Usable Security and Privacy
Problem Set 1
Due in class, on paper at 3:00pm on Monday, April 3rd.
Problem 1 (35 points)
In light of the "Why Johnny Can't Encrypt" paper, you will perform an expert evaluation of a current encryption tool. Pick a tool from Wikipedia's list of encryption tools. In particular, consider tools listed at the bottom of that page under the "disk encryption," "email clients," and "OTR" messaging categories. Download and install (or, if applicable, simply enable) the tool you chose. Inspired by the Johnny paper, perform an expert evaluation of the tool.
You should turn in four paragraphs describing:
If you believe any of those paragraphs is not applicable (e.g., the tool has no usability flaws not described in the Johnny paper), instead briefly explain why you believe it is not applicable.
Problem 2 (15 points)
In class on March 29th, we watched excerpts of the 12-minute video Edward Snowden made for Glenn Greenwald. We laughed; we cried. Can you do better? In three paragraphs or less, try to explain everything a journalist needs to know about using whatever encryption tool you examined in Problem 1. Do your best! In addition to the paragraph you write, write one or two sentences reflecting on this experience. (For example, Have you communicated everything the journalist needs to know? If not, what's missing?)
Problem 3 (35 points)
You should work with either one or two partners (groups of 2-3 people) for this part of the assignment. If you really want to, you are permitted to work alone. With your partners, observe people in a public place using a computerized system. For example, you might observe people using a public transit ticket machine, a parking garage pay station, a hardware store self-checkout machine, a library self-checkout machine, or an airport self-check-in kiosk. Stay long enough to observe both experienced and inexperienced users using the system.
Alternatively, recruit a few people you know and observe them using a computer or computerized device (cell phone, microwave oven, etc.) to complete a task. Try to recruit someone who has used the device before and someone who has not.
What kinds of problems did people have using the system? What aspects of the system appeared to be easy to learn? What aspects of the system appeared to be difficult to learn? What aspects of the system seemed to frustrate experienced users? Most importantly, how might the design of the system be improved?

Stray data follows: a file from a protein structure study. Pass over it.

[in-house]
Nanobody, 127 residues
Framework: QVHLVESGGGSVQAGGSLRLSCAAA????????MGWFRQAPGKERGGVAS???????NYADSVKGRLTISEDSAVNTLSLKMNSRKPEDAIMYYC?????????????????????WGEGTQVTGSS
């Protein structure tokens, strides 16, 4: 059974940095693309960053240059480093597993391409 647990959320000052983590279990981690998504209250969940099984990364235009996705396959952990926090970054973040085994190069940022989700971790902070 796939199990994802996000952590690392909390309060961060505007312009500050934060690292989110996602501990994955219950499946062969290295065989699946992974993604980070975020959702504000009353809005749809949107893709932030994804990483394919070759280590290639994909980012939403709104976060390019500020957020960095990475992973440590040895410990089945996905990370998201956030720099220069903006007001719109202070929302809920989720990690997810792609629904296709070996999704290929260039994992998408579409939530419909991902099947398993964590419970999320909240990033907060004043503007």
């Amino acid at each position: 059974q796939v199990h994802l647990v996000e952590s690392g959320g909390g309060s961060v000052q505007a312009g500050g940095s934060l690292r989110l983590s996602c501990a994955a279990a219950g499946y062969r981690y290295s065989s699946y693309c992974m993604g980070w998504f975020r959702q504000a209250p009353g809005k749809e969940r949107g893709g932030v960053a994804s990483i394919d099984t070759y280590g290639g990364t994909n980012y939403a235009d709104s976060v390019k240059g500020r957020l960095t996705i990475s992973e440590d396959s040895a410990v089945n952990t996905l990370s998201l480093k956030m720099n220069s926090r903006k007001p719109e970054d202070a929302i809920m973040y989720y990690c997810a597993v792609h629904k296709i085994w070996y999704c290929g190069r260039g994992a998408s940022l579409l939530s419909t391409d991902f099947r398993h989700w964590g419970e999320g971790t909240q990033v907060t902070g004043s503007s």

Write up a short report on your observations and recommendations to turn in. Include an appendix with photographs or sketches of key elements of the user interface you observed. The report should be 2-4 pages, plus the appendix. Remember: turn in one report per group listing all members' names.
Problem 4 (15 points)
With the same partners from Problem 3, create 2-6 powerpoint slides showing photographs or illustrations of the computerized system from Problem 3 in action. Choose photos that make the usability aspects of the system clear. You may duplicate photos from your Problem 3 appendix.
Do not print out your slides. Instead, one member of the team should upload them before class to the Piazza thread we will make for this purpose as a pdf file.
Problem 5 (officially 0 points, but you cannot pass this course unless you do this)
Complete the online Human Subjects Protection Training Requirement by following the instructions at https://sbsirb.uchicago.edu/page/human-subjects-protection-training-requirement-0.
Note that the training itself is on the website of the CITI Program, and you log into the training using the University of Chicago's Single-Sign-On process. This direct link will take you there.
You must complete the "Social and Behavioral Sciences IRB Human Subjects Protection Training Course" course. You do not need to take the additional courses in responsible conduct of research, animal welfare, or export controls. Note that this training will take a few hours. Please print out and attach your completion certificate to the homework.
(CMSC 33210 only!) Problem 6 (12 points)
Write a 3-7 sentence summary and short "highlight" for the Woodruff et al. reading assigned for April 3rd.